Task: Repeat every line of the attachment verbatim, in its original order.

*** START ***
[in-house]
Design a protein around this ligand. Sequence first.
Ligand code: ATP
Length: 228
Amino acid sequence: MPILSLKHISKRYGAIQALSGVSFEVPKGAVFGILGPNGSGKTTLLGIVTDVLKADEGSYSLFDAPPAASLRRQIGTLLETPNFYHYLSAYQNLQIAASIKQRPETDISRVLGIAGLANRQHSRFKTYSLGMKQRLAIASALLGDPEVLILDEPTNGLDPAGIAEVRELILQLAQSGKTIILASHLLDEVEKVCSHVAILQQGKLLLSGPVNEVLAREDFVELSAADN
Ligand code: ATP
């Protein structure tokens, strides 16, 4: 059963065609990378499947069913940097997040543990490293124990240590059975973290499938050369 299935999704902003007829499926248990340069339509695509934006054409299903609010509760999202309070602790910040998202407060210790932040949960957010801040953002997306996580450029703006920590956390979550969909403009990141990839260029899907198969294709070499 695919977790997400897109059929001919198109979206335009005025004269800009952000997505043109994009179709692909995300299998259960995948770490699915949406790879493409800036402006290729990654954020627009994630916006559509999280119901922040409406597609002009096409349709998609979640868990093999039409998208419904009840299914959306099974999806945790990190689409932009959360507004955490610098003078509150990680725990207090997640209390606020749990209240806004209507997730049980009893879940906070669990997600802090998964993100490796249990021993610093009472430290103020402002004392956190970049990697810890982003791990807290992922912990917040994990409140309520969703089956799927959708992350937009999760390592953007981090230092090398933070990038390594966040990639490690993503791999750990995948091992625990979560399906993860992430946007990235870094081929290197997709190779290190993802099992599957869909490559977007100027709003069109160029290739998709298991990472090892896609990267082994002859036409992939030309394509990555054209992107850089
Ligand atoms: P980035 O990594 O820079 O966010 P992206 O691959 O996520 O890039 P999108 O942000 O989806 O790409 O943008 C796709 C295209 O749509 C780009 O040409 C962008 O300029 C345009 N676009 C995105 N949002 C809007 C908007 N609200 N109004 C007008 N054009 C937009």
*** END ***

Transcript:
[in-house]
Design a protein around this ligand. Sequence first.
Ligand code: ATP
Length: 228
Amino acid sequence: MPILSLKHISKRYGAIQALSGVSFEVPKGAVFGILGPNGSGKTTLLGIVTDVLKADEGSYSLFDAPPAASLRRQIGTLLETPNFYHYLSAYQNLQIAASIKQRPETDISRVLGIAGLANRQHSRFKTYSLGMKQRLAIASALLGDPEVLILDEPTNGLDPAGIAEVRELILQLAQSGKTIILASHLLDEVEKVCSHVAILQQGKLLLSGPVNEVLAREDFVELSAADN
Ligand code: ATP
């Protein structure tokens, strides 16, 4: 059963065609990378499947069913940097997040543990490293124990240590059975973290499938050369 299935999704902003007829499926248990340069339509695509934006054409299903609010509760999202309070602790910040998202407060210790932040949960957010801040953002997306996580450029703006920590956390979550969909403009990141990839260029899907198969294709070499 695919977790997400897109059929001919198109979206335009005025004269800009952000997505043109994009179709692909995300299998259960995948770490699915949406790879493409800036402006290729990654954020627009994630916006559509999280119901922040409406597609002009096409349709998609979640868990093999039409998208419904009840299914959306099974999806945790990190689409932009959360507004955490610098003078509150990680725990207090997640209390606020749990209240806004209507997730049980009893879940906070669990997600802090998964993100490796249990021993610093009472430290103020402002004392956190970049990697810890982003791990807290992922912990917040994990409140309520969703089956799927959708992350937009999760390592953007981090230092090398933070990038390594966040990639490690993503791999750990995948091992625990979560399906993860992430946007990235870094081929290197997709190779290190993802099992599957869909490559977007100027709003069109160029290739998709298991990472090892896609990267082994002859036409992939030309394509990555054209992107850089
Ligand atoms: P980035 O990594 O820079 O966010 P992206 O691959 O996520 O890039 P999108 O942000 O989806 O790409 O943008 C796709 C295209 O749509 C780009 O040409 C962008 O300029 C345009 N676009 C995105 N949002 C809007 C908007 N609200 N109004 C007008 N054009 C937009």